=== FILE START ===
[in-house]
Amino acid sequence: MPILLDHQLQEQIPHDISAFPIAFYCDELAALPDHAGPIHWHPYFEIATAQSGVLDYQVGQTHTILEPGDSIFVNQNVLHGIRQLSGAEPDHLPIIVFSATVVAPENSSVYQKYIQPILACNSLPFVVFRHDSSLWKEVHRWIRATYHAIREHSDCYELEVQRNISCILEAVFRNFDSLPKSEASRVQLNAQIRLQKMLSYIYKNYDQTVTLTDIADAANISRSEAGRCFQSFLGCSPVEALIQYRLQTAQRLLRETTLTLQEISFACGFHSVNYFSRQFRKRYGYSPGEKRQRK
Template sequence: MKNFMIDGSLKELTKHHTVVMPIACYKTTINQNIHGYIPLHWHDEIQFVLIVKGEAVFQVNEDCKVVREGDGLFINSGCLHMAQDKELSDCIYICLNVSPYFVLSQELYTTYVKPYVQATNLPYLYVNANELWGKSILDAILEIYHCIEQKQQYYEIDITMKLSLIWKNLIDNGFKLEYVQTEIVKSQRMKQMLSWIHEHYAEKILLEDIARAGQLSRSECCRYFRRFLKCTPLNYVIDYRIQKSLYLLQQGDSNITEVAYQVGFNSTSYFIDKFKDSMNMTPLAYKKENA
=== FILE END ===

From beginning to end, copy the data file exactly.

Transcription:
[in-house]
Amino acid sequence: MPILLDHQLQEQIPHDISAFPIAFYCDELAALPDHAGPIHWHPYFEIATAQSGVLDYQVGQTHTILEPGDSIFVNQNVLHGIRQLSGAEPDHLPIIVFSATVVAPENSSVYQKYIQPILACNSLPFVVFRHDSSLWKEVHRWIRATYHAIREHSDCYELEVQRNISCILEAVFRNFDSLPKSEASRVQLNAQIRLQKMLSYIYKNYDQTVTLTDIADAANISRSEAGRCFQSFLGCSPVEALIQYRLQTAQRLLRETTLTLQEISFACGFHSVNYFSRQFRKRYGYSPGEKRQRK
Template sequence: MKNFMIDGSLKELTKHHTVVMPIACYKTTINQNIHGYIPLHWHDEIQFVLIVKGEAVFQVNEDCKVVREGDGLFINSGCLHMAQDKELSDCIYICLNVSPYFVLSQELYTTYVKPYVQATNLPYLYVNANELWGKSILDAILEIYHCIEQKQQYYEIDITMKLSLIWKNLIDNGFKLEYVQTEIVKSQRMKQMLSWIHEHYAEKILLEDIARAGQLSRSECCRYFRRFLKCTPLNYVIDYRIQKSLYLLQQGDSNITEVAYQVGFNSTSYFIDKFKDSMNMTPLAYKKENA